The students wore body paint as a cover-up for the Utah football match

University of Utah police are investigating reports that two students wore body paint during the Utah football game with the University of Southern Utah at Rice-Eccles Stadium on Saturday.

Witnesses said body paint was applied to T-shirts.

The students will also be referred to the Dean of Students for “potential non-criminal penalties,” University of Utah spokesman Christopher Nelson said.

According to a statement from the university, “After two women attended the game topless and applied body paint to their torso, a female officer asked them to wear their shirts. They complied with the request.”

One fan, YouTube influencer, Melia Johnson, posted on Instagram that security personnel allowed “2 TOPLESS GIRLS” to enter the stadium gate. “The security guards stared and let them pass… Nobody did anything. Is this literally what our world is coming to be?”

Themeleashow post continued, “Can’t we even go to a family friendly college football game without our kids and family exposed to nudity?? And the stadium and security of the event won’t interfere or escort them out because they are worried they will be sued for discriminatory laws?? 👈🏻 (That’s what they told me! ) Are you kidding me?! It’s not okay Tweet embed‼️

“Instead of this post being about how excited I am to take my kids to their first game… now I feel I should post about this issue to try and make some noise and make the stadium change their rules!” The post garnered more than 2000 likes.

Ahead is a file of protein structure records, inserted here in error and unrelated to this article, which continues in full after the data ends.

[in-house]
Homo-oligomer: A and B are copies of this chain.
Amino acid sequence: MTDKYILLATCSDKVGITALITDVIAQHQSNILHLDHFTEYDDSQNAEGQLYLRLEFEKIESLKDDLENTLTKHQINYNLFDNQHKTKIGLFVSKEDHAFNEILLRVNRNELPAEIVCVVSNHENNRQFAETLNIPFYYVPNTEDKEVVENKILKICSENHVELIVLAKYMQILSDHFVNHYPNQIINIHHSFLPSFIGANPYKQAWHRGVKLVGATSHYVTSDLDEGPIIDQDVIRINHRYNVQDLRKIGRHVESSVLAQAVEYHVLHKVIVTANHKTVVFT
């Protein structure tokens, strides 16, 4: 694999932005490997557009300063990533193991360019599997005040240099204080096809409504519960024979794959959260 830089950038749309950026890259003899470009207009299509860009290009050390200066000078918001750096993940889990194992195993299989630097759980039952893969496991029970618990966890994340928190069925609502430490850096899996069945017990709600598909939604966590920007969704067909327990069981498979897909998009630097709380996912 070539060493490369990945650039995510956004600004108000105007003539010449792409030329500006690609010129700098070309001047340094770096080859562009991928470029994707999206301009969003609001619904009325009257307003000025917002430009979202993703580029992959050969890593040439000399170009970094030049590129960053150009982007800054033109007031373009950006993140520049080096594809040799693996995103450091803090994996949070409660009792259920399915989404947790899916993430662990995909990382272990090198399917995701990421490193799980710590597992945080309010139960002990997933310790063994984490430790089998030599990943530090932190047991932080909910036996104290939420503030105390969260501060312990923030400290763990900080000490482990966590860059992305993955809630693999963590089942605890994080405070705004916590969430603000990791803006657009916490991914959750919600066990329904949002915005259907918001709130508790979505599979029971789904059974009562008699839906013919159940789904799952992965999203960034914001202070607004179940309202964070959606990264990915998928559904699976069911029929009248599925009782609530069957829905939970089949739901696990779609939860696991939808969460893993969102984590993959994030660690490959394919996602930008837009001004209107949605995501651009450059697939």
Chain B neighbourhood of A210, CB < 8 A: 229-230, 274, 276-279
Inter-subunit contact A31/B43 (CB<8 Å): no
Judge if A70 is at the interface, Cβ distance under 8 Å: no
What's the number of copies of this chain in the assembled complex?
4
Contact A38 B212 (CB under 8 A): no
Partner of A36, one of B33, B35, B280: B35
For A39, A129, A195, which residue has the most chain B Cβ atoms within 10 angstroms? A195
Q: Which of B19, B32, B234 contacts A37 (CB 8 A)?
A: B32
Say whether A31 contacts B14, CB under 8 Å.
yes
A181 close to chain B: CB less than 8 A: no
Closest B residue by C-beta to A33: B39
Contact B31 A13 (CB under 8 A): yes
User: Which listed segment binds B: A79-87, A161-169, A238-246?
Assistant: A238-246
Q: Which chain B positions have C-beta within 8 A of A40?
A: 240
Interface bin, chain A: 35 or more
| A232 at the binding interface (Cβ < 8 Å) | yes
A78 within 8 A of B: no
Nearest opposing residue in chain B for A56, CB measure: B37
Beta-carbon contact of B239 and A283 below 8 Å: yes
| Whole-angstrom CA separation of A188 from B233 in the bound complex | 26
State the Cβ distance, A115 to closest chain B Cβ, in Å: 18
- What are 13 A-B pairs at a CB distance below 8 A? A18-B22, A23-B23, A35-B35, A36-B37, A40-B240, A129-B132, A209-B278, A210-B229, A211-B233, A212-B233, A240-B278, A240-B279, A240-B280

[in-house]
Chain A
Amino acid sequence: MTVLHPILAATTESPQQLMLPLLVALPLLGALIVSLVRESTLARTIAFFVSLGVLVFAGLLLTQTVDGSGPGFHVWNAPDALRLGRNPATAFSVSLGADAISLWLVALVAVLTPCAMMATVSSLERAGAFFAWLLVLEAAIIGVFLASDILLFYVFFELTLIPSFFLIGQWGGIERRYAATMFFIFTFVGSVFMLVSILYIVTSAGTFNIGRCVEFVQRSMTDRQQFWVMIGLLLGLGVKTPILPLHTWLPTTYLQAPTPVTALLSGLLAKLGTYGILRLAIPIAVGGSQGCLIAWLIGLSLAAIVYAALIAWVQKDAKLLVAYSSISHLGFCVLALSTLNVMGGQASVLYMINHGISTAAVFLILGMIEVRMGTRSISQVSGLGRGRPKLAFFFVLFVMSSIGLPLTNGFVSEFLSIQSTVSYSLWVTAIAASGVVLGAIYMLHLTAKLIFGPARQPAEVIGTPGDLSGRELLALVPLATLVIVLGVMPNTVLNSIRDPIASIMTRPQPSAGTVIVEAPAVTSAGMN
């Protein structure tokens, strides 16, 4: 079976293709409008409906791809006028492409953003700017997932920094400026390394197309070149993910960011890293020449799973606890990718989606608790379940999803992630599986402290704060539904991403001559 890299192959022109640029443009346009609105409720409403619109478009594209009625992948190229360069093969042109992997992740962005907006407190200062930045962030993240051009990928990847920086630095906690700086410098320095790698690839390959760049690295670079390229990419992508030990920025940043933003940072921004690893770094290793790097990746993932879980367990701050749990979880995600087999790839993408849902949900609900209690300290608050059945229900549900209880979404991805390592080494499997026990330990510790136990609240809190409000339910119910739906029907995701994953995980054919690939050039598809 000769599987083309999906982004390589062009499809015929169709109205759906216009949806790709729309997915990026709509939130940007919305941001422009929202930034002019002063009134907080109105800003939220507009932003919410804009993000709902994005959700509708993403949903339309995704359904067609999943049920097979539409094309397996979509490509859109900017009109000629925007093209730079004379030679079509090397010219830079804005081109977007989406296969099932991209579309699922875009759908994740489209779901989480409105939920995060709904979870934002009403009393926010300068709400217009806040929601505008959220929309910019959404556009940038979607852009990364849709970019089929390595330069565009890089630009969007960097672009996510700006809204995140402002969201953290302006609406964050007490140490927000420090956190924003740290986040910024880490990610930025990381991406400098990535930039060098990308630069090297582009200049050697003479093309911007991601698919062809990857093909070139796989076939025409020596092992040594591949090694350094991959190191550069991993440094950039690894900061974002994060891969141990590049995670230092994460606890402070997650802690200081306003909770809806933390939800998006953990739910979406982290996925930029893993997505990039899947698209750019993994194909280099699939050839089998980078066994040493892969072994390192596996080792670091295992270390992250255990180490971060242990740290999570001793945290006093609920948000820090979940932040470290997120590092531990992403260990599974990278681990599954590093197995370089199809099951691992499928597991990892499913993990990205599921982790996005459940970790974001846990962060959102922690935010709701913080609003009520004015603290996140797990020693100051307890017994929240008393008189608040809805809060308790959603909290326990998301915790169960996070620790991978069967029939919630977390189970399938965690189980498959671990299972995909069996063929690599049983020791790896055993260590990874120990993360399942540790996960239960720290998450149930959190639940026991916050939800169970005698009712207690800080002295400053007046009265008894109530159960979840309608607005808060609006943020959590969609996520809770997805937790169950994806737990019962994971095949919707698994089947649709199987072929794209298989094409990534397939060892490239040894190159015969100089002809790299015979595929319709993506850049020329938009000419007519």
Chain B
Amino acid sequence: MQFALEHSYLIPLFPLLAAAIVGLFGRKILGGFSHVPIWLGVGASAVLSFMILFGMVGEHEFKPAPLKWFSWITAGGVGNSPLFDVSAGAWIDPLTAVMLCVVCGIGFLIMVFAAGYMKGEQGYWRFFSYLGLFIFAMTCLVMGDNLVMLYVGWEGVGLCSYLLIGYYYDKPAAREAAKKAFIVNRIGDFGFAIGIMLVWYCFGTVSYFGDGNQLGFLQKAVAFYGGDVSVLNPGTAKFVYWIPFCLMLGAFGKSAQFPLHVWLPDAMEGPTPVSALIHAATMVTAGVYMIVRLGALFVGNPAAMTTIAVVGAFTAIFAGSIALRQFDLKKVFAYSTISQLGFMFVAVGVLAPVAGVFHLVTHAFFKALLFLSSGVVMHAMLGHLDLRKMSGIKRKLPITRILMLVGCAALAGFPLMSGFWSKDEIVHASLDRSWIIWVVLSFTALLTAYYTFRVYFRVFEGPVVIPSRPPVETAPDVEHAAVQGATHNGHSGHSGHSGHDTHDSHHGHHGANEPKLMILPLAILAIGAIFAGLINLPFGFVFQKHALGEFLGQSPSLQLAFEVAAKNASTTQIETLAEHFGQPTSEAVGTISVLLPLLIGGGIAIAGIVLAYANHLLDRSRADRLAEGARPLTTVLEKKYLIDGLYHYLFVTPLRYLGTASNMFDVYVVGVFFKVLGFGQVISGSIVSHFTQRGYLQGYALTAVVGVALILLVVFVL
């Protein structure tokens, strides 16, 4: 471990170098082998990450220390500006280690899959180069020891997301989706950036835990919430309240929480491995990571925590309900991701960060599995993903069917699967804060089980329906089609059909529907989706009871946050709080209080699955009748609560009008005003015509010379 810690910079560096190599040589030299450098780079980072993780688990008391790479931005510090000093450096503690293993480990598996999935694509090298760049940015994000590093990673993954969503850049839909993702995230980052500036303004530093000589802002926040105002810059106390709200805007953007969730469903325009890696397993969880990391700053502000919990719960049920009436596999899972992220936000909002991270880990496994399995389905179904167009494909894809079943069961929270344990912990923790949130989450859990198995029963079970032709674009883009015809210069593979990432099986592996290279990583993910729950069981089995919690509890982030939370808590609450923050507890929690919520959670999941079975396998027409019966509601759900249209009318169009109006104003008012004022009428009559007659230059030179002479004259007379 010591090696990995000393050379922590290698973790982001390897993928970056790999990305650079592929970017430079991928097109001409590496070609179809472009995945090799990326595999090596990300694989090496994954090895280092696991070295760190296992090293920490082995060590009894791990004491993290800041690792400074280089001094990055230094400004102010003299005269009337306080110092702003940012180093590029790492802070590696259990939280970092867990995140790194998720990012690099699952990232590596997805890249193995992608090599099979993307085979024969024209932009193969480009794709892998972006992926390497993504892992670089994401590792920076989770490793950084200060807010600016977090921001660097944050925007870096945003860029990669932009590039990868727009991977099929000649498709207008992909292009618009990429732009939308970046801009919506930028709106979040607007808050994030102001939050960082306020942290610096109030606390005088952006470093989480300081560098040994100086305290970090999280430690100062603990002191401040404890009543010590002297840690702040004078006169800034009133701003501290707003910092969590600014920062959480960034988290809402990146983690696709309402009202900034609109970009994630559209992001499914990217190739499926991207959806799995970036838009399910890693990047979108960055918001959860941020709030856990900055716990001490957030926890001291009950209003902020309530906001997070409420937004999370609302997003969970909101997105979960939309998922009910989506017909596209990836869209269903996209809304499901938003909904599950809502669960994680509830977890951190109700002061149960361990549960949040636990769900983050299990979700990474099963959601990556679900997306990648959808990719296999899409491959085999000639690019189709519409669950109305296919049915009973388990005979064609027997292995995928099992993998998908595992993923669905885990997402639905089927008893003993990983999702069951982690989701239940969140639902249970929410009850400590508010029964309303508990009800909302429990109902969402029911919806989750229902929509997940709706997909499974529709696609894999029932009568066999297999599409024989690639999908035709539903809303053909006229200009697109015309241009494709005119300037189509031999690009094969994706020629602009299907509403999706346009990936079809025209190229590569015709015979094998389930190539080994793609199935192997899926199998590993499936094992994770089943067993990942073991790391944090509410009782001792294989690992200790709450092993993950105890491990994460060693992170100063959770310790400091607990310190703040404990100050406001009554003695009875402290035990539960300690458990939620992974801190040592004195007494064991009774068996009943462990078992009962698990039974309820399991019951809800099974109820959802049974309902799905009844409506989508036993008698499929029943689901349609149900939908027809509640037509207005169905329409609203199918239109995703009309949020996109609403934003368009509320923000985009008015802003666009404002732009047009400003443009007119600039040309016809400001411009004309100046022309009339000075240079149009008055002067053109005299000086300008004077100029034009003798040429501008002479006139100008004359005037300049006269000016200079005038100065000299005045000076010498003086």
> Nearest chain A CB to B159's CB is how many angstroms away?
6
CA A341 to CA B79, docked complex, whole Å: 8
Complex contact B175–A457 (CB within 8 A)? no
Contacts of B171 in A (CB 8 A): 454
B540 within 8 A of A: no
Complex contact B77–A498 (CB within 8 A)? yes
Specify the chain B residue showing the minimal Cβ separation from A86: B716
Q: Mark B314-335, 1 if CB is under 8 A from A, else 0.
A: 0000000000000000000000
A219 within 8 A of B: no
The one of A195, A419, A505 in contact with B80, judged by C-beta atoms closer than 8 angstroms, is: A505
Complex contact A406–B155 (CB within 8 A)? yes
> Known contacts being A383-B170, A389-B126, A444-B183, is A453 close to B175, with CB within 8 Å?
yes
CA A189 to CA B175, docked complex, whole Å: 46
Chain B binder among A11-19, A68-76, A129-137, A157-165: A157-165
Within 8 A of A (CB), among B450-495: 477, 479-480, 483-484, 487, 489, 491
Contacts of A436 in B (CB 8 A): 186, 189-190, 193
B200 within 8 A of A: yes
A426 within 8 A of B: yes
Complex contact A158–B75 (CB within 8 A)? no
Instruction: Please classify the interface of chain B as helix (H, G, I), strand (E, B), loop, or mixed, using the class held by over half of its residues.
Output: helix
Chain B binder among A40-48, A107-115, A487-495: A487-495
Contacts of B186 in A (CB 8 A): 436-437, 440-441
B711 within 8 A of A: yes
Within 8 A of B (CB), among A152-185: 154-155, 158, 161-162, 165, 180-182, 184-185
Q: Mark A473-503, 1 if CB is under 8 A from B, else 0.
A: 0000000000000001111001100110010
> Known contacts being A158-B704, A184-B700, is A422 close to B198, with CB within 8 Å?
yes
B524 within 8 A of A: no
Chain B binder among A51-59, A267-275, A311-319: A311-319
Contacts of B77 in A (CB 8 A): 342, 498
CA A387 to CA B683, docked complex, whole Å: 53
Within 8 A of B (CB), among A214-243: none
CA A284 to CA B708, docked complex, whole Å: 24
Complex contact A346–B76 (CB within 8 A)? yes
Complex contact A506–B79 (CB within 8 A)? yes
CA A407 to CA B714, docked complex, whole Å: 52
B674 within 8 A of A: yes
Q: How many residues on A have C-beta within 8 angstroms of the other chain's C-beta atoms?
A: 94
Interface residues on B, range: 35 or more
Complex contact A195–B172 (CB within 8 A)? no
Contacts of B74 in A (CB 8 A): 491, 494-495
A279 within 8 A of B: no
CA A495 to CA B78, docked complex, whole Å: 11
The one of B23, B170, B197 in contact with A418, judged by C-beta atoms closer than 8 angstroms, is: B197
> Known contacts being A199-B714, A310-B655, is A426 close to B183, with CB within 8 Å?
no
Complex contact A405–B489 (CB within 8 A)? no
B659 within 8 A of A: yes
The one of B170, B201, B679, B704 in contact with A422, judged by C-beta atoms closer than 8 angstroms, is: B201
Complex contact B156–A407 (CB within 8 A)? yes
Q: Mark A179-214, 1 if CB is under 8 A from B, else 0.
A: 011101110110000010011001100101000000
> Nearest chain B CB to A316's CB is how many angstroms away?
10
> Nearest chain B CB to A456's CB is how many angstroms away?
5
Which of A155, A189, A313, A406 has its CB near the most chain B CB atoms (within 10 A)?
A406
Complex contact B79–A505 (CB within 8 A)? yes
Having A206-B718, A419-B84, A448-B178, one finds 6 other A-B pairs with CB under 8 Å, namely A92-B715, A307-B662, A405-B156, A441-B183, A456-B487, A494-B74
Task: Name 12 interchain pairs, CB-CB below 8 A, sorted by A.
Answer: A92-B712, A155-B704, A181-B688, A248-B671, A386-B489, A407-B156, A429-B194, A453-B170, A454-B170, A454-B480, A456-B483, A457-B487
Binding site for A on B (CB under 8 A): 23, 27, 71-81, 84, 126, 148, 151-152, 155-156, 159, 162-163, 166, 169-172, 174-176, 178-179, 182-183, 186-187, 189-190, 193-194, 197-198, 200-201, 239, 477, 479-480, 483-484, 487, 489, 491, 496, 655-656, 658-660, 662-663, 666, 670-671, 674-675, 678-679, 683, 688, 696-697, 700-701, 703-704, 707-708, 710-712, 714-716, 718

The university is asking fans to voluntarily sign it FanUp . pledge which calls for “promoting a family-friendly experience”.

It also states that “The safety of student-athletes and spectators is our top priority. Spectators are reminded that anyone who engages in unsafe or inappropriate behavior is subject to immediate expulsion from the building. Fanop and make us proud!”

The pledge also states that “Profanity, racist or sexual comments and any other acts of intimidation directed against officials, student-athletes, coaches, visiting fans or team representatives will not be tolerated and are grounds for removal from the competition site.”

In a letter to Utah football fans, University of Utah President Taylor Randall and athletics director Mark Harlan wrote, “Anyone who engages in unsafe or inappropriate behavior will be removed from the building, may lose all privileges and access to future university events and may be informed to law enforcement.”

The message encourages fans to help “identify and recall inappropriate behavior so that our event staff can ensure a safe and great experience for student-athletes, coaches, staff and spectators.”

“If you see something, say something!”

The Utah state symbol is silent on whether body paint is considered body covering, but several sections define nudity or partial nudity as “any state of clothing or dressing in which the human genitalia, pubic area, buttocks, or female breast, at some point under The upper part of the areola, less than full coverage and opaque.”

Utah law cuts from Exception for breastfeeding “Wherever a woman may be lawfully, it does not under any circumstances constitute an obscene act, regardless of whether or not the breast is covered while nursing,” according to state law.